When specific nutrients are considered, it is important to take the target area where the nutrient is needed into consideration, as this will have an effect on the form of the nutrient, as well as the method of application. Table 1 shows the mobility of every nutrient in the phloem of plants.

Relatively mobileAverage mobilityLow mobility
Potassium Sodium Calcium
Nitrogen Iron Silicon
Sulphur Zinc Manganese
Magnesium Copper Boron (crop dependent)
Phosphorus Molybdenum  
Boron (crop dependent)    

Table 1: Mobility of nutrients in the phloem of plants (Epsteim and Bloom, 2005)

The form of the element is also important. There are different opinions regarding the use of chelates, oxides, sulphates, etc. and this sometimes causes confusion. The following guidelines should be kept in mind to ensure that the correct products are applied:

  • Iron – if the pH in the phloem varies between 7.8 and 8, the iron will be insoluble and wil therefore have to be applied in a complexed form.
  • Zinc – is more mobile than iron and translocation from necrotic leaves can occur.  During grain fill, considerable amounts of zinc are also translocated from other plant parts. It is a fact that only about 5 – 20% of the zinc applied to leaves is translocated. Except for the poor penetration of zinc, leaf tissue also fixes a lot of zinc entering the leaf. Sulphates and chelates show good reactions, and there have even been cases where good results were obtained using zinc oxide.
  • Manganese – even though manganese is mobile in the phloem, only small amounts can be translocated. Manganese sulphate and manganese EDTA are commonly used.
  • Boron – even though boron is taken up quite well through the cuticle and all membranes, it is not very mobile in the phloem of most plant species. Therefore, the best reaction from boron fertilization is when it is applied through the planter mix.
  • Copper – is very immobile and can also be easily fixed in the soil. Copper sulphate and copper EDTA are commonly used as foliars where deficiency occurs.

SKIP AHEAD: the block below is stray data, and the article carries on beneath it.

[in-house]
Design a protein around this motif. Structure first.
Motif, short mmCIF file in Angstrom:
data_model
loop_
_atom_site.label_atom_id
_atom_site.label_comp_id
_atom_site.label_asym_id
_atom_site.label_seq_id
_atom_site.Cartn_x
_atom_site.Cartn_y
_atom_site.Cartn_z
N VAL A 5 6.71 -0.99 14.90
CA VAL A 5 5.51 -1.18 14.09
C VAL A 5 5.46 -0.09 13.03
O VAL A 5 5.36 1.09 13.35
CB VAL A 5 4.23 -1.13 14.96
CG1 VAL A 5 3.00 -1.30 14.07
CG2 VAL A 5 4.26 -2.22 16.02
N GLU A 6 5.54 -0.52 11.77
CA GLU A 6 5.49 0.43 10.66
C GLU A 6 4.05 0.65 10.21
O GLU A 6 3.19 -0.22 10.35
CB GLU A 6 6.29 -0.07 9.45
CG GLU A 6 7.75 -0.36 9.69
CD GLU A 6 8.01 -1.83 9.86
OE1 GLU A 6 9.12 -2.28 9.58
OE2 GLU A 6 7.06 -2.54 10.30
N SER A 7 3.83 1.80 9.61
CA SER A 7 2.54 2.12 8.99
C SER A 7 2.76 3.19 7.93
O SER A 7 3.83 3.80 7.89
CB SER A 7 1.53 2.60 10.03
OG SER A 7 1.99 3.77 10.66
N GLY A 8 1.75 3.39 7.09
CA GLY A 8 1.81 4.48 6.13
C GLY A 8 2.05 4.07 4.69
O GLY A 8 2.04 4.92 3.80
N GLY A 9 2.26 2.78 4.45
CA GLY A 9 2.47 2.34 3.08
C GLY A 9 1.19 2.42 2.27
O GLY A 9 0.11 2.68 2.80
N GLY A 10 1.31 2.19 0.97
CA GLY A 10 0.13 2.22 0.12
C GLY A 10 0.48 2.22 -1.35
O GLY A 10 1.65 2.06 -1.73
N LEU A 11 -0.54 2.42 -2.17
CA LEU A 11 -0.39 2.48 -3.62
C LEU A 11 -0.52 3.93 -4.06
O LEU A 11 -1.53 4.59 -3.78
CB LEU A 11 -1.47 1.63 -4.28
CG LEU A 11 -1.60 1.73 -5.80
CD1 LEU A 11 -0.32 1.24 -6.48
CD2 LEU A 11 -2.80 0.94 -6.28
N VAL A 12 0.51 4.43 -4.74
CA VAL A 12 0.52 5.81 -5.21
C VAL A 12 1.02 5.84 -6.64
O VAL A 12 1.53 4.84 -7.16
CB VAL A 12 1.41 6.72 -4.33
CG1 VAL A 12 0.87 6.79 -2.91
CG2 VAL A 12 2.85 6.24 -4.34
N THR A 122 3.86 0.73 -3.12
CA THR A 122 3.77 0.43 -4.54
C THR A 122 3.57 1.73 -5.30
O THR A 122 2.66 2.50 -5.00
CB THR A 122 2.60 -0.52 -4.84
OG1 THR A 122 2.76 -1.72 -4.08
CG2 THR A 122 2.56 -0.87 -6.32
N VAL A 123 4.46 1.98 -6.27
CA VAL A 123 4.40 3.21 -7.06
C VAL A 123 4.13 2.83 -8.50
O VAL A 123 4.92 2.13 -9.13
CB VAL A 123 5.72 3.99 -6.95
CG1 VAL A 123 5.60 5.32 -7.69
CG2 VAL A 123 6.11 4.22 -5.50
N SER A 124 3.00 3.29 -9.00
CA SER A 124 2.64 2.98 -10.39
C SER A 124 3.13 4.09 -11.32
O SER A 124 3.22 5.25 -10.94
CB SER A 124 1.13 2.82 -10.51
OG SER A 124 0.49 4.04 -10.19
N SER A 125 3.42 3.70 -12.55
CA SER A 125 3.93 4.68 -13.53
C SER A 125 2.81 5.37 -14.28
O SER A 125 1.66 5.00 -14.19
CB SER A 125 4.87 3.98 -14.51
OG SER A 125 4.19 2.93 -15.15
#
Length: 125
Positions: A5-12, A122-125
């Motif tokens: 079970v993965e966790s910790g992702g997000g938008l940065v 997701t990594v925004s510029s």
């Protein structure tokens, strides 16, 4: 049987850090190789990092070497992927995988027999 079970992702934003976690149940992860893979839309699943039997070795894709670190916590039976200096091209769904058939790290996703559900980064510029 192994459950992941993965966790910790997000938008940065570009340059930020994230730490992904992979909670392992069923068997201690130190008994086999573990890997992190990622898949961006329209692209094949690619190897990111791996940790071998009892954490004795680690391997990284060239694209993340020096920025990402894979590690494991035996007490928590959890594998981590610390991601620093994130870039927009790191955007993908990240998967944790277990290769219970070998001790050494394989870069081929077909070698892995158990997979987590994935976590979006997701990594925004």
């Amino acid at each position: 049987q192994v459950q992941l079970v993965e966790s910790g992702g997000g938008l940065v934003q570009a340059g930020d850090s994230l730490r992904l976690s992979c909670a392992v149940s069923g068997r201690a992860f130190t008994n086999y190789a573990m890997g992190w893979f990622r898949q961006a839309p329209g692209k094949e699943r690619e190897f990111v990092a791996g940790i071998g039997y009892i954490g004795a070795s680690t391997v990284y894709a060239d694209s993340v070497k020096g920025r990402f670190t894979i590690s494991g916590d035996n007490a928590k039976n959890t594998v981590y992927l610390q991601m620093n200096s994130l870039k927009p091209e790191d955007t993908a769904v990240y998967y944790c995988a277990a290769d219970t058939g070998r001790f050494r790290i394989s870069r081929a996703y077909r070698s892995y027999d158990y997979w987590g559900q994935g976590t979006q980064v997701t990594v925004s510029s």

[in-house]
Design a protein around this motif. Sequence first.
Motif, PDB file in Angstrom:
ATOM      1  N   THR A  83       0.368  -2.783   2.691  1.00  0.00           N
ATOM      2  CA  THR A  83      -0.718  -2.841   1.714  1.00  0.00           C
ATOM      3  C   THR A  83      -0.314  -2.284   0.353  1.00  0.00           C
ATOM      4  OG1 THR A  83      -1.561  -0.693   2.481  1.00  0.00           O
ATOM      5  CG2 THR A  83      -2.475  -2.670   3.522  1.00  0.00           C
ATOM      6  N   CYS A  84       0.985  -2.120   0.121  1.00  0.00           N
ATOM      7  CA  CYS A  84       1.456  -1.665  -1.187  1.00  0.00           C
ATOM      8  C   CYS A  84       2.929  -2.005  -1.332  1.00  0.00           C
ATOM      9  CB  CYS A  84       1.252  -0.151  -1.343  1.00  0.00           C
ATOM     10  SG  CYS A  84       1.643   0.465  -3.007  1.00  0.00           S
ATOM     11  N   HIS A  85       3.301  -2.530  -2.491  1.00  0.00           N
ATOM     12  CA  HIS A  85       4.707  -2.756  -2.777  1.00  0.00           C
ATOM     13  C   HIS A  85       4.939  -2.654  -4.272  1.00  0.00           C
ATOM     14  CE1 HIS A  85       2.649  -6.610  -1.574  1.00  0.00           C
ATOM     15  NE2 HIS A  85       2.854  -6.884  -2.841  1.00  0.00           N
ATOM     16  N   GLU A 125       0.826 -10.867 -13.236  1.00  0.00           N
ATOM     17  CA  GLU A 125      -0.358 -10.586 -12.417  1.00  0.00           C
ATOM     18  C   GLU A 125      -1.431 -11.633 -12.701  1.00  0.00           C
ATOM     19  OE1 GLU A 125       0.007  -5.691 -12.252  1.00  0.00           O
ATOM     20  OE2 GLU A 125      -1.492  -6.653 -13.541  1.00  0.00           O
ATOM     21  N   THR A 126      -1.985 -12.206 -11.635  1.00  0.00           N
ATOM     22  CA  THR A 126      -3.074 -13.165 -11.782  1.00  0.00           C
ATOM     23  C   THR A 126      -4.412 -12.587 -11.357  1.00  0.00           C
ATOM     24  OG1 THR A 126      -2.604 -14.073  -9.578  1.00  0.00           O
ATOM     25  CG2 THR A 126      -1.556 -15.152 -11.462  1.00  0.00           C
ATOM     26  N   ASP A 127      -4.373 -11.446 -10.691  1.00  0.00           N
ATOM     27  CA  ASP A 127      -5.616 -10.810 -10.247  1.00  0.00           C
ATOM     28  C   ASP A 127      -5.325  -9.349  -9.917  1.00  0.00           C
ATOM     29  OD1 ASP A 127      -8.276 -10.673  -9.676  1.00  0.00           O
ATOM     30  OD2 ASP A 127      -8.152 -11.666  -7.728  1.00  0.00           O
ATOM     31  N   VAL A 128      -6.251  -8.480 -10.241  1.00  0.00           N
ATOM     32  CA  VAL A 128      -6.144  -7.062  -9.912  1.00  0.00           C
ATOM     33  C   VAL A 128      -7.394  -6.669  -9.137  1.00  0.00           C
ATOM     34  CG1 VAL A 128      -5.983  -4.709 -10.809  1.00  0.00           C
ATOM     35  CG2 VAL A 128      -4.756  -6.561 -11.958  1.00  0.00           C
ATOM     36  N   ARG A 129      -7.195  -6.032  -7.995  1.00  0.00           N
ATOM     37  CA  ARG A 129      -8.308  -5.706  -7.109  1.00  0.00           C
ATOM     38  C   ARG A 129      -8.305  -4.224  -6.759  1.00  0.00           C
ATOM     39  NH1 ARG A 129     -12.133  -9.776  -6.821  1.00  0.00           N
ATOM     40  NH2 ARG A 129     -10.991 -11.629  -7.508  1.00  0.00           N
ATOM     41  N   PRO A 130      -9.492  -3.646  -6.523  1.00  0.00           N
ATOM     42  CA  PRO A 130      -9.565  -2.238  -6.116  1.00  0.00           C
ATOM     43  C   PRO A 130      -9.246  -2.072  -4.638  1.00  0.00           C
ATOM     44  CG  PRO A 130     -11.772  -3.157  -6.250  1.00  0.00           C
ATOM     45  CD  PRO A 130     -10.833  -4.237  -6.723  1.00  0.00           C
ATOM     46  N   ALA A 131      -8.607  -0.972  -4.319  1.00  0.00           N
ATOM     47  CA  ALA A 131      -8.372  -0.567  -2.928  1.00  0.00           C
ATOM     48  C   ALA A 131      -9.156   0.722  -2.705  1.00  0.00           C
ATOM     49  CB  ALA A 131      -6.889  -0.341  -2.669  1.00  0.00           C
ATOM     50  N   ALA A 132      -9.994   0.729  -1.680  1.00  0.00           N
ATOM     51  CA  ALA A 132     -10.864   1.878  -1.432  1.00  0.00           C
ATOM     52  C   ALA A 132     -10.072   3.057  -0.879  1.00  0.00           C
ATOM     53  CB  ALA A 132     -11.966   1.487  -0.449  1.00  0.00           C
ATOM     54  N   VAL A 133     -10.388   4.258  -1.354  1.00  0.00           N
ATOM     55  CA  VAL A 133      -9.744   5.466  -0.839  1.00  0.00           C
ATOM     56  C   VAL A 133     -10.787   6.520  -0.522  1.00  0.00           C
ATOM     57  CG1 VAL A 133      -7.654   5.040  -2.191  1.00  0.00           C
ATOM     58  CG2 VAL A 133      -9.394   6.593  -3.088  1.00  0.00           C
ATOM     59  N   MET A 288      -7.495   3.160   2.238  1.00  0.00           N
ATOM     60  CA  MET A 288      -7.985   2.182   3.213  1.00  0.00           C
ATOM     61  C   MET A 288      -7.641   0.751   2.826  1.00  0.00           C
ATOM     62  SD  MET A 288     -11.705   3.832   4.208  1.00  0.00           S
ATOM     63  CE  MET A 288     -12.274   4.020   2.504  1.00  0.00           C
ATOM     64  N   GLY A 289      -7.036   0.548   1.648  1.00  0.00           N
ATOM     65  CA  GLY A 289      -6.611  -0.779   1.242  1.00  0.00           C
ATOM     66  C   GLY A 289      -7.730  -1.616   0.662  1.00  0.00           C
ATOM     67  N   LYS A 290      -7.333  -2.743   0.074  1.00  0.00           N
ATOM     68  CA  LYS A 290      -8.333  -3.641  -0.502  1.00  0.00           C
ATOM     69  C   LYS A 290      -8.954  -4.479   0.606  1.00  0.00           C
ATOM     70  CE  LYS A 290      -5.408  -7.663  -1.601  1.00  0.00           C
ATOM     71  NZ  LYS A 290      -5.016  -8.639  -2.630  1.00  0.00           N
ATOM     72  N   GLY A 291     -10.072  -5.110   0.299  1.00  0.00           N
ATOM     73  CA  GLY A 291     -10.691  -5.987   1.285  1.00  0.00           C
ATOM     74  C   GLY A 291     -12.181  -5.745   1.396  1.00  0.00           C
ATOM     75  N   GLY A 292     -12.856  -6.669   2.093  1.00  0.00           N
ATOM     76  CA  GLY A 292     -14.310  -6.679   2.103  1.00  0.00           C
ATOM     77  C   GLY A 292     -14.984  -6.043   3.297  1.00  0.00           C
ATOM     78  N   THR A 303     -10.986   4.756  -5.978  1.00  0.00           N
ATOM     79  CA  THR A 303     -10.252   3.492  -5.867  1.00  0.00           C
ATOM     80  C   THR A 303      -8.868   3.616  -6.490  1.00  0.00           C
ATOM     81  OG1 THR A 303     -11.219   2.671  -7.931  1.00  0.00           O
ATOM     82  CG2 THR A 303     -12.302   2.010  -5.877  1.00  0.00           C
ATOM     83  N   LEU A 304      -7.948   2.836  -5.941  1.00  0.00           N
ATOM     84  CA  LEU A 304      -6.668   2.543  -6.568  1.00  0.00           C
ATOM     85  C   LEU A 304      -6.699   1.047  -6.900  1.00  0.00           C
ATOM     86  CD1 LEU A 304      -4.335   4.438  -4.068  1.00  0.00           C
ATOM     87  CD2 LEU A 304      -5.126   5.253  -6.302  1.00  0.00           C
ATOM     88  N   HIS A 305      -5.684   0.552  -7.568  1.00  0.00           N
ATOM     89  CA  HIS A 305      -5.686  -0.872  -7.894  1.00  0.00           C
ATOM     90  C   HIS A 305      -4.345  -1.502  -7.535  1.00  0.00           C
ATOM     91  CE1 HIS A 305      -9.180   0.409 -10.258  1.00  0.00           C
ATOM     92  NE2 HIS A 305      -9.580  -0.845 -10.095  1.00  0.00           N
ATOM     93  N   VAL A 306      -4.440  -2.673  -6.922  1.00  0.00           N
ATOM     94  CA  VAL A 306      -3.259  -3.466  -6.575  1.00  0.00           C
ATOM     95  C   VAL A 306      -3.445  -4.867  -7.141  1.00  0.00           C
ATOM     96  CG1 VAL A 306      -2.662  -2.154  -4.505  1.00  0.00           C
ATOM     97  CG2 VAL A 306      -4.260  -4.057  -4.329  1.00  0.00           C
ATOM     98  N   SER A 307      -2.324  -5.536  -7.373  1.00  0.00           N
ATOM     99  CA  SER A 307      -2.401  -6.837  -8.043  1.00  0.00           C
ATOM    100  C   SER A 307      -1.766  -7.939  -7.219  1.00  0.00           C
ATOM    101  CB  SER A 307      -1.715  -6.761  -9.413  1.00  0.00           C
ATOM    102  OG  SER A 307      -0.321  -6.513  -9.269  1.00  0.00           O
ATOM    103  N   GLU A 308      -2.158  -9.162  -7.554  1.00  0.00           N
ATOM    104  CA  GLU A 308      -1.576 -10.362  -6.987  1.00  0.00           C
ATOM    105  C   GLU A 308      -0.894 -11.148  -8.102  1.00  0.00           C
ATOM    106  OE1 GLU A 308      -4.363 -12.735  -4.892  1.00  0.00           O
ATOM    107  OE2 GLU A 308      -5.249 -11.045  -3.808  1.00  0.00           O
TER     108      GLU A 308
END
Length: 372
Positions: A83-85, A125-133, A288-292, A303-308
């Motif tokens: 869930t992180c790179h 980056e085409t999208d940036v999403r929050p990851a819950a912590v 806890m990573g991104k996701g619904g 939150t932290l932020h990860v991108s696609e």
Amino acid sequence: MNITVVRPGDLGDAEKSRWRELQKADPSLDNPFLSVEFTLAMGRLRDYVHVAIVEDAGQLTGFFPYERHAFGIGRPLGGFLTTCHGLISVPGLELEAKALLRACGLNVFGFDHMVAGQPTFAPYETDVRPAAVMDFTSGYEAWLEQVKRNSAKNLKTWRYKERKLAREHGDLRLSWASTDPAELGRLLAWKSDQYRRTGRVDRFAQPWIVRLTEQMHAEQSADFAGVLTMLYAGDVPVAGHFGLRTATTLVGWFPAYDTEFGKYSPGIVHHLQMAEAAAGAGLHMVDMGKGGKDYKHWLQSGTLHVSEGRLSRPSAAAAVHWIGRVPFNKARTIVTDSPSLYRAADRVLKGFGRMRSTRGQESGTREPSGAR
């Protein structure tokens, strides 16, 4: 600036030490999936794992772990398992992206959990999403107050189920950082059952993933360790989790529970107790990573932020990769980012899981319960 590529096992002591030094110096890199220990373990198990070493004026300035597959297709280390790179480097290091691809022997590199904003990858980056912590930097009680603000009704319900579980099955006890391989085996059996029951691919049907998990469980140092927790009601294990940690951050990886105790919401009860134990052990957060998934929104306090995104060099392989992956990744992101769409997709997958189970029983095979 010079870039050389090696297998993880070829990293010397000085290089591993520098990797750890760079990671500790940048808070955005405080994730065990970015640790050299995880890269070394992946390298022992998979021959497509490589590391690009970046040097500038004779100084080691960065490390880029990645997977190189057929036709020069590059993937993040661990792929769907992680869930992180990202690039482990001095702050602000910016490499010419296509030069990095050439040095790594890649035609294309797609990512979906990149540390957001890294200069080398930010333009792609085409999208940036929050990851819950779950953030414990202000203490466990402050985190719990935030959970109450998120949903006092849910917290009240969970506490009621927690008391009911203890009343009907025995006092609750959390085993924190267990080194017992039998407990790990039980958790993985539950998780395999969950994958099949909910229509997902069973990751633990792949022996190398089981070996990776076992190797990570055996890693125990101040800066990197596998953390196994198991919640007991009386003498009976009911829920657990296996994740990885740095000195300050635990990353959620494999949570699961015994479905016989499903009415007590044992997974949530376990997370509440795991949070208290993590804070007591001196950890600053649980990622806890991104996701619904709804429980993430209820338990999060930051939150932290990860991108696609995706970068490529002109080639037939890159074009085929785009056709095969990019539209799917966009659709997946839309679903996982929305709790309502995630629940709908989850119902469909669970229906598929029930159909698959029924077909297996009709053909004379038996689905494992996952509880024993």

• Molybdenum – is relatively immobile in plants, and since it is needed in such low quantities, a foliar spray is usually sufficient. Products such as sodium molybdate or MOLIBOR™ are generally used.

Products that are used to manipulate crops include ORGANOCELL™, KELP-P-MAX®, X-PLODE®, SUPRASET and OMNIBOOST®. The reasoning behind this is explained in Table 2.

Table 2: Reasoning behind the use of certain products to manipulate crops

Foliar fertilization has the potential to be a useful management tool on the farm, if it is used economically, efficiently and sustainably. Omnia not only has the expertise, but also the resources, to ensure that every drop that lands on the leaf, will end up as profit in the farmer's pocket.

Sources / Bronne:

  • Epstein, E. en Bloom, A.J., 2005.  Mineral nutrition of plants:  Principles and perspectives, 380.
  • Fernandez, V., Sotiropoulos, T., Brown, P., 2013.  Foliar fertilization:  Scientific principles and field practices.  International Fertilizer Industry Association.  Paris, France.
  • Papadakis, I.E., Protopapadakis, E., Therios, I.N., Tsirakoglou, V., 2005.  Foliar treatment of Mn deficient 'Washington navel' orange trees with two Mn sources.  Scientia Horticulturae 106 :
    70 – 75.

By André Labuschagne and Kevin Fourie (Agronomists)